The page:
In addition to its abundance in Conewago Falls, the Halberd-leaved Rose Mallow (Hibiscus laevis) is the ubiquitous water’s edge plant along the free-flowing Susquehanna River for miles downstream.  It grows in large clumps, often defining the border between the emergent zone and shore-rooted plants.  It is particularly successful in accumulations of alluvium interspersed with heavier pebbles and stone into which the roots will anchor to endure flooding and scour.  Such substrate buildup around the falls, along mid-river islands, and along the shores of the low-lying Riparian Woodlands immediately below the falls are often quite hospitable to the species.

Halberd-leaved Rose Mallow is a durable inhabitant of the falls.  Regular flooding keeps competing species at bay.  A taproot helps to safeguard against dislocation, allowing plants to grow in places subjected to turbulent currents.

Halberd-leaved Rose Mallow in bloom.  The similarity to cultivated members of the Hibiscus genus can readily be seen.  It is one of the showiest of perennial wildflowers in the floodplain.  Note the lobed, halberd-shaped leaves, source of its former species name militaris.

The seeds of Halberd-leaved Rose Mallow are contained in bladders which can float to assist in their distribution.  Some of these bladders cling to the dead leafless stems in winter, making it an easy plant to identify in nearly any season.

A second native wildflower species in the genus Hibiscus is found in the Conewago Falls floodplain, this one in wetlands.  The Swamp Rose Mallow (H. moscheutos) is similar to Halberd-leaved Rose Mallow, but sports more variable and colorful blooms.  The leaves are toothed without the deep halberd-style lobes and, like the stems, are downy.  As the common name implies, it requires swampy habitat with ample water and sunlight.

Swamp Rose Mallow in a sunny wetland.  This variety with solid-colored flowers (without dark centers) and pale green leaves and stems was formerly known as a separate species of  Swamp Rose Mallow, H. palustris.  Note that the flowers are terminal on the stems.

A few scattered specimens of a more typical variety of Swamp Rose Mallow are found on the shoreline and in the Riverine Grasslands of Conewago Falls.  The blooms are bright pink with darker centers and the leaf stems are robust and reddish.  This one is seen growing among Halberd-leaved Rose Mallow, with which it shares the characteristic of having flower stems growing from some of the upper leaf axils.  A variety with red-centered white flowers is often found throughout the plant’s range.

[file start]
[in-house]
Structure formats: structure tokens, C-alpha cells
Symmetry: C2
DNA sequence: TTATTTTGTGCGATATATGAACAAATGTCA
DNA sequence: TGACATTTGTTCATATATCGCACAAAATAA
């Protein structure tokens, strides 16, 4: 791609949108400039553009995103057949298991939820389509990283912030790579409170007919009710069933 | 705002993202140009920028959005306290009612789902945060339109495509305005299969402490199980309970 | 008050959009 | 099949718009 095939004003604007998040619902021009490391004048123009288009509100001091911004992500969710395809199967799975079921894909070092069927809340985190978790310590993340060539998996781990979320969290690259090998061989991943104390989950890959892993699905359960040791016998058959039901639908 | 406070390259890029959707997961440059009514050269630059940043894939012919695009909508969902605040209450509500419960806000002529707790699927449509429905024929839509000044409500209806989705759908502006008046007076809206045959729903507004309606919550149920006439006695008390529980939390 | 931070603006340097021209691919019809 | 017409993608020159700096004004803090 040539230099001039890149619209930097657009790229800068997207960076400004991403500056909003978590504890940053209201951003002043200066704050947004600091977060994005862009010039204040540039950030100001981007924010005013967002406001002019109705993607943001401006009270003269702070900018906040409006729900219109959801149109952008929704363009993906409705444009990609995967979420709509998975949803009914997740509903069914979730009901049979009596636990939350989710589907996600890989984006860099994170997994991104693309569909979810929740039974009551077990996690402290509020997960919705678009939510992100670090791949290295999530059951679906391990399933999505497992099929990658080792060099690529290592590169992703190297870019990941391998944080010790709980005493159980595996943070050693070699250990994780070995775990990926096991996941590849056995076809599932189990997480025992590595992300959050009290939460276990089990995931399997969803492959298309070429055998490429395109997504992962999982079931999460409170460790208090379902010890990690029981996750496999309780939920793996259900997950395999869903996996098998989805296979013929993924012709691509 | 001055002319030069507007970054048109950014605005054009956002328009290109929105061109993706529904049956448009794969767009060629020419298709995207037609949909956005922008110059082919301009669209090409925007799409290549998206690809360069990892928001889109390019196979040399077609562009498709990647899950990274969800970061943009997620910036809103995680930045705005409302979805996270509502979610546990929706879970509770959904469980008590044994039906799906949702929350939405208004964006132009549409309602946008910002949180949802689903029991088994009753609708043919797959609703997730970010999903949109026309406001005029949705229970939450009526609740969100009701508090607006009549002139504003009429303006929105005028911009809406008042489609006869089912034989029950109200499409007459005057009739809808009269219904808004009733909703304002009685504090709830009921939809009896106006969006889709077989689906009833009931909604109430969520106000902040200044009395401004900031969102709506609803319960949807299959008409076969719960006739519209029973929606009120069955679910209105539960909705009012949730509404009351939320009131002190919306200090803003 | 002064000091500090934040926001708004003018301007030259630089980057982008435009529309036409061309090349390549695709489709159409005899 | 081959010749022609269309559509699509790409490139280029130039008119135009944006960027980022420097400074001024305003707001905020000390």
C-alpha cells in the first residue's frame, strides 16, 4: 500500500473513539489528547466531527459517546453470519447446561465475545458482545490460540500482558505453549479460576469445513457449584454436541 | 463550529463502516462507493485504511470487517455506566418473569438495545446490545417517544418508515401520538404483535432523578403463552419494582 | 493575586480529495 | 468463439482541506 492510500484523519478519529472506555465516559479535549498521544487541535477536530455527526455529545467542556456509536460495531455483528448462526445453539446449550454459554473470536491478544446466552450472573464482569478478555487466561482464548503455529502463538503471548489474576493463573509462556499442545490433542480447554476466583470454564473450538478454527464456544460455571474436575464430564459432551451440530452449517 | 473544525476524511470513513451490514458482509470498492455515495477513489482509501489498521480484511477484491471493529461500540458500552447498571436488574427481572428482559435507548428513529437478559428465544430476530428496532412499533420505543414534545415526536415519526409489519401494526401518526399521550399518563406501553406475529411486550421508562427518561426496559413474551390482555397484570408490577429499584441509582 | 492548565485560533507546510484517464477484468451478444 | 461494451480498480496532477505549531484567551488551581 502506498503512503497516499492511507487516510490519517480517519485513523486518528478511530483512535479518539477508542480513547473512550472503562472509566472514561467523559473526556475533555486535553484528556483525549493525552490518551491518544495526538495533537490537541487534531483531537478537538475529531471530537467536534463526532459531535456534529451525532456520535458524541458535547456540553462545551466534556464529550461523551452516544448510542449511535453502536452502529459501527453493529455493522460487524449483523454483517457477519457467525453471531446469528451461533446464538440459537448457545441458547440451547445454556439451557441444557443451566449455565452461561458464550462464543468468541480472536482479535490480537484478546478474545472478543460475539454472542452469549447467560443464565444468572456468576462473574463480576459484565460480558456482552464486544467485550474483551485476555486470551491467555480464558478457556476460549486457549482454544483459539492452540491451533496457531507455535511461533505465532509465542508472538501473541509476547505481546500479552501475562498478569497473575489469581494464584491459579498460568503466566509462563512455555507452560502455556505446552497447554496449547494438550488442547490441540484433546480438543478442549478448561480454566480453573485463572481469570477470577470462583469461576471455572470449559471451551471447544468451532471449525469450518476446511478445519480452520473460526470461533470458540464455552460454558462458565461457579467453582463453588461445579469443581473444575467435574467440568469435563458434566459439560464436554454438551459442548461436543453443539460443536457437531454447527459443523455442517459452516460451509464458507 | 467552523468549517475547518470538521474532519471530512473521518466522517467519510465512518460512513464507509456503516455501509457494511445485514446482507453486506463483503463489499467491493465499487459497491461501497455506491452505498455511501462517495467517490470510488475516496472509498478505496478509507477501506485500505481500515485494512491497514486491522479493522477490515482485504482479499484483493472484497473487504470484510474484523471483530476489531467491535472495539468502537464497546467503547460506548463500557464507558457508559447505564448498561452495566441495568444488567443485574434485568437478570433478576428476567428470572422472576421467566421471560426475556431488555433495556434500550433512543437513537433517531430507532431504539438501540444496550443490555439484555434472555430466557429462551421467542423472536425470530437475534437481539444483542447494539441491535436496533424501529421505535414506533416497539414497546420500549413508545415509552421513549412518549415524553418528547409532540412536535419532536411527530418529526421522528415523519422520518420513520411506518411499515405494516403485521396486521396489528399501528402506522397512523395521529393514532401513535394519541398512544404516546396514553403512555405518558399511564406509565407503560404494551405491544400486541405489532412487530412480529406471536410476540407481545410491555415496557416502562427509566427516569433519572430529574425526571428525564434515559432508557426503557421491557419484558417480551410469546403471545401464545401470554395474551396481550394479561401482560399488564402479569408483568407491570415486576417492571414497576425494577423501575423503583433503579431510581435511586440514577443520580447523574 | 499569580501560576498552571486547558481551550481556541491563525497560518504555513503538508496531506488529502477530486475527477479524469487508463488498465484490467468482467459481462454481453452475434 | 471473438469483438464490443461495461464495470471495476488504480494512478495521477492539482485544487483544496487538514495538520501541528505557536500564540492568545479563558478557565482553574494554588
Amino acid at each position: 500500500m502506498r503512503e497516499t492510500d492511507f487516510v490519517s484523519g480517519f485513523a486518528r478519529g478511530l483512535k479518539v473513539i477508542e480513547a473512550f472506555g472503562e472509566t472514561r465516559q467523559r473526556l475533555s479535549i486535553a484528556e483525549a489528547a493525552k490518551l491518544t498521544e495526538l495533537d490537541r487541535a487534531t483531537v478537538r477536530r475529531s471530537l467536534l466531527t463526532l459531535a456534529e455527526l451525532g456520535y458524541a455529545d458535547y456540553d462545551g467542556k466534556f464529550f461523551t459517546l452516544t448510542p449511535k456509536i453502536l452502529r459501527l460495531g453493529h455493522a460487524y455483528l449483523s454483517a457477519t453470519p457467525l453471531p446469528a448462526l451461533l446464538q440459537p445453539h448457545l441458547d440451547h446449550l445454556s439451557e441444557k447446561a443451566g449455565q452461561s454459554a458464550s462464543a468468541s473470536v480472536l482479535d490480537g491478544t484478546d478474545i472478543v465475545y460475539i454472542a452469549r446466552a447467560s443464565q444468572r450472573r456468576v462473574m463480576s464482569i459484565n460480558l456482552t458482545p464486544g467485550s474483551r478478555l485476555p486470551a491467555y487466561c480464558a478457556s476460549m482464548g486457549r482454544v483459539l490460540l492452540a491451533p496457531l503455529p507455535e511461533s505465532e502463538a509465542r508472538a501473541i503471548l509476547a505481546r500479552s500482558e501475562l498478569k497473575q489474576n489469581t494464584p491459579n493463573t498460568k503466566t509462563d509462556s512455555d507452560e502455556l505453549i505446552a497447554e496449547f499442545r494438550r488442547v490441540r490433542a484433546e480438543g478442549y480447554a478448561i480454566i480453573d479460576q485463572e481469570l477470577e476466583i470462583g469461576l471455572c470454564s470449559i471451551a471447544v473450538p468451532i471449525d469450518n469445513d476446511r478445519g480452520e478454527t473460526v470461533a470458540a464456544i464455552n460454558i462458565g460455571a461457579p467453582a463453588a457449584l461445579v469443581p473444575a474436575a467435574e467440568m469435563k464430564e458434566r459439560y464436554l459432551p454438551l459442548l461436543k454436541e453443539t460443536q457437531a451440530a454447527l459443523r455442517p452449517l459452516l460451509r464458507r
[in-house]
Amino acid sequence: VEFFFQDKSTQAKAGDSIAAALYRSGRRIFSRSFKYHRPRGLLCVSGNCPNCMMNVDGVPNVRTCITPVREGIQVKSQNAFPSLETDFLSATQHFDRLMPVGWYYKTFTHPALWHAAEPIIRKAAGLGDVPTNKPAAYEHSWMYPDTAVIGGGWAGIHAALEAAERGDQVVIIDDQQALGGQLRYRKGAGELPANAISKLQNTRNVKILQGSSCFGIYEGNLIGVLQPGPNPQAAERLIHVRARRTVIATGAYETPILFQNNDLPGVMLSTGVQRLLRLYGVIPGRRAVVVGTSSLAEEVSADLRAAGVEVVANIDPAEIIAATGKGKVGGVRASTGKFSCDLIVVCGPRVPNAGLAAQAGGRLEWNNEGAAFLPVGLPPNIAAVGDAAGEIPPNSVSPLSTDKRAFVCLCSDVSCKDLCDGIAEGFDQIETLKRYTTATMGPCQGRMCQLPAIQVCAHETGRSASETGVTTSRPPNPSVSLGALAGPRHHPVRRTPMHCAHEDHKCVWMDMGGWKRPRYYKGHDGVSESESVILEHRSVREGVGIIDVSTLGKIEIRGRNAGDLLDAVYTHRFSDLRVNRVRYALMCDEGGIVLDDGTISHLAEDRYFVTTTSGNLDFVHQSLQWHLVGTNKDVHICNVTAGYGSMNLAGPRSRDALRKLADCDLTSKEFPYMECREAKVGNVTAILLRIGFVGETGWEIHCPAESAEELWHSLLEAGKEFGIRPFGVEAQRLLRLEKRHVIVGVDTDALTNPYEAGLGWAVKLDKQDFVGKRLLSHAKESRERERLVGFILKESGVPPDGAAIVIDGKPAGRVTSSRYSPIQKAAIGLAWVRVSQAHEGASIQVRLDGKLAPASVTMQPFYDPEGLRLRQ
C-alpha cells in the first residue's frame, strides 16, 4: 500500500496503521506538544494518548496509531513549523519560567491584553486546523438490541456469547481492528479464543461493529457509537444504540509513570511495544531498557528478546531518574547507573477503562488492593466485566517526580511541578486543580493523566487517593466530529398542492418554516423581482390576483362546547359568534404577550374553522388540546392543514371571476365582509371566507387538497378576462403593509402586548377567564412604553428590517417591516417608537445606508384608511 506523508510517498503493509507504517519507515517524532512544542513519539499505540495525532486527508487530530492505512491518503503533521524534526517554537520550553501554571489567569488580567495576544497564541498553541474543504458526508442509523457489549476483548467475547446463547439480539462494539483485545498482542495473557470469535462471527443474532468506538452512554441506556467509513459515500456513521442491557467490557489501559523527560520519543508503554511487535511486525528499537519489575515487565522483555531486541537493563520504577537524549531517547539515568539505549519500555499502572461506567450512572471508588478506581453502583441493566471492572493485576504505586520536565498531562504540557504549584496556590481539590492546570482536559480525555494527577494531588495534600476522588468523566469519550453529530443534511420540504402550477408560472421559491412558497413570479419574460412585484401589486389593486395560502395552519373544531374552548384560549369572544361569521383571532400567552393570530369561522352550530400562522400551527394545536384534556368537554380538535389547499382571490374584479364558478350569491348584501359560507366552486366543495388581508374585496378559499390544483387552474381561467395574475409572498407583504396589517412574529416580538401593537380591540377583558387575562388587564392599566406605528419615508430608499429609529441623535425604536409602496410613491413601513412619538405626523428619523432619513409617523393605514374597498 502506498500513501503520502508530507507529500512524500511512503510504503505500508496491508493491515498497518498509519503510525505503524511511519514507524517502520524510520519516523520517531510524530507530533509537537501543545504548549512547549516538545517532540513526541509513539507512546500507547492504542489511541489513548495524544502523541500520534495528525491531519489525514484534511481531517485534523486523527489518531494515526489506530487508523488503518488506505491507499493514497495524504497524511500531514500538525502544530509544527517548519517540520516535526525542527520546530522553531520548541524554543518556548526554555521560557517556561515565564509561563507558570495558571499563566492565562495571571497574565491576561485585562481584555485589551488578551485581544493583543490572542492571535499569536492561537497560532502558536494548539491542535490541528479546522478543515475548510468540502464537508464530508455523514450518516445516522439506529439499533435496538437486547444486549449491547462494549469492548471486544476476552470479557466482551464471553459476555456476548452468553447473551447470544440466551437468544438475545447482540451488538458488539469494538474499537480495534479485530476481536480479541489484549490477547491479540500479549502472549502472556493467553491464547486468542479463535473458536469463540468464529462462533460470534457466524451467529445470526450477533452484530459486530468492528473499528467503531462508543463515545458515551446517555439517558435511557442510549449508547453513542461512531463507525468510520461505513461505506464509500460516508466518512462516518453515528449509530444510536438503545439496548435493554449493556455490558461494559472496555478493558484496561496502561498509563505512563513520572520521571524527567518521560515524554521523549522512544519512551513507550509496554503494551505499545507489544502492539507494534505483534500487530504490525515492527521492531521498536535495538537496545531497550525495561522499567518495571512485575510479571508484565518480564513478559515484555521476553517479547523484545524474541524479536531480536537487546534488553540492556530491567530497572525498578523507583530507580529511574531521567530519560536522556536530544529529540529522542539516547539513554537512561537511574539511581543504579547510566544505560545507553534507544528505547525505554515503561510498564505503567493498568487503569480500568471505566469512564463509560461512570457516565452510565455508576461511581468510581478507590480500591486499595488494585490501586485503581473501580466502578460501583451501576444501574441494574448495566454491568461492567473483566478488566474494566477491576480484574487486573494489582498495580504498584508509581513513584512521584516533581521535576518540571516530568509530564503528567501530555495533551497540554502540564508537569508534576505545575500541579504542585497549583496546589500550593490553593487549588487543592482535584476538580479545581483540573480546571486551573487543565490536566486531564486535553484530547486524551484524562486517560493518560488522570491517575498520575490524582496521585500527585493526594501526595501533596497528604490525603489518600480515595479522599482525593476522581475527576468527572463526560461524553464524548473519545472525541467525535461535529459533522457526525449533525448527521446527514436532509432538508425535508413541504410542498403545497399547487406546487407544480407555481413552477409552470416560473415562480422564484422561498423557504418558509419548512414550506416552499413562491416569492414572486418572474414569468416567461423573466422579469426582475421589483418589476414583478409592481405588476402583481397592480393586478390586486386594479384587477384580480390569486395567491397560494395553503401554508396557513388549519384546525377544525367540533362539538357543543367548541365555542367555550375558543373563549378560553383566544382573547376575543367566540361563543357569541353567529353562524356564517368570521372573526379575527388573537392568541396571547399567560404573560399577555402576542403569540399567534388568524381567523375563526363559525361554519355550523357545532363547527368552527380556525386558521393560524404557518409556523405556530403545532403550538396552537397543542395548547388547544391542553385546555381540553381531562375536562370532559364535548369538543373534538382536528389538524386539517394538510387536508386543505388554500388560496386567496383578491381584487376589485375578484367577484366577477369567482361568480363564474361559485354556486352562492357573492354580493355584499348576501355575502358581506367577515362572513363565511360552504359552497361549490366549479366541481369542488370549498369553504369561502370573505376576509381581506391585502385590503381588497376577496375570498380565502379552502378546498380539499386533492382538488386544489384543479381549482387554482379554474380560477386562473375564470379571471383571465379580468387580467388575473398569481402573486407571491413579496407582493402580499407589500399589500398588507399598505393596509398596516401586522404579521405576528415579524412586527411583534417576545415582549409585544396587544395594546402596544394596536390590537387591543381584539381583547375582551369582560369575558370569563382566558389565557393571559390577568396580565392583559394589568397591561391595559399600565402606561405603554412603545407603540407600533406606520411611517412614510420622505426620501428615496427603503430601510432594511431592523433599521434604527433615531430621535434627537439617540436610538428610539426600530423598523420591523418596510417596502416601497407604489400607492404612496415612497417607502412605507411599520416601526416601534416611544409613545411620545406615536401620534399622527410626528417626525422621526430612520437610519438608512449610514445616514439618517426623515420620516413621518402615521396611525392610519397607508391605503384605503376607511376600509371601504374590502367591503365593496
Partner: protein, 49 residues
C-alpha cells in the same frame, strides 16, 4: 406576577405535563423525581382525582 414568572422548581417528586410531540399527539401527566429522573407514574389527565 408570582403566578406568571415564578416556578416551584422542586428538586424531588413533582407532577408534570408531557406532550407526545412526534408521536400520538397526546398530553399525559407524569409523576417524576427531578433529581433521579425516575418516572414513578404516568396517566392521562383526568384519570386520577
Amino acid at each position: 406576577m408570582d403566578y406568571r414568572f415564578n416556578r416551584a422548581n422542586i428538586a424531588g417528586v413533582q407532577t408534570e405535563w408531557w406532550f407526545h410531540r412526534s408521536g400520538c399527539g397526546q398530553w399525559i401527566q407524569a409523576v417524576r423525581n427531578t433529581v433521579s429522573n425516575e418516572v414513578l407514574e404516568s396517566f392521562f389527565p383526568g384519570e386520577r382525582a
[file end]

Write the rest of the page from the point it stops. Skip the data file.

In summary, we find Partridge Pea in the Riverine Grasslands growing in sandy deposits left by flood and ice scour.  We find Halberd-leaved Rose Mallow rooted at the border between shore and the emergent zone.  We find Swamp Rose Mallow as an emergent in the wetlands of the floodplain.  And finally, we find marshmallows in only one location in the area of Conewago Falls.  Bon ap’.

Here’s S’more

SOURCES

Newcomb, Lawrence.  1977.  Newcomb’s Wildflower Guide.  Little, Brown and Company.  Boston, Massachusetts.

Summer Grasses

It has not been a good summer if you happen to be a submerged plant species in the lower Susquehanna River.  Regularly occurring showers and thunderstorms have produced torrents of rain and higher than usual river stages.  The high water alone wouldn’t prevent you from growing, colonizing a wider area, and floating several small flowers on the surface, however, the turbidity, the suspended sediment, would.  The muddy current casts a dirty shadow on the benthic zone preventing bottom-rooted plants from getting much headway.  There will be smaller floating mats of the uppermost leaves of these species.  Fish and invertebrates which rely upon this habitat for food and shelter will find sparse accommodation…better luck next year.

Due to the dirty water, fish-eating birds are having a challenging season as they try to catch sufficient quantities of prey to feed themselves and their offspring.  A family of Ospreys (Pandion haliaetus) at Conewago Falls, including recently fledged young, were observed throughout this morning and had no successful catches.  Of the hundred or more individual piscivores of various species present, none were seen retrieving fish from the river.  The visibility in the water column needs to improve before fishing is a viable enterprise again.

Ospreys competing for a suitable fishing perch.  Improving water conditions in the coming week should increase their success as predators.

Versatile at finding food, adult Bald Eagles are experienced and know to be on the lookout for Ospreys with fish, a meal they can steal through intimidation.

While the submerged plant communities may be stunted by 2017’s extraordinary water levels, there is a very unique habitat in Conewago Falls which endures summer flooding and, in addition, requires the scouring effects of river ice to maintain its mosaic of unique plants.  It is known as a Riverine Grassland or scour grassland.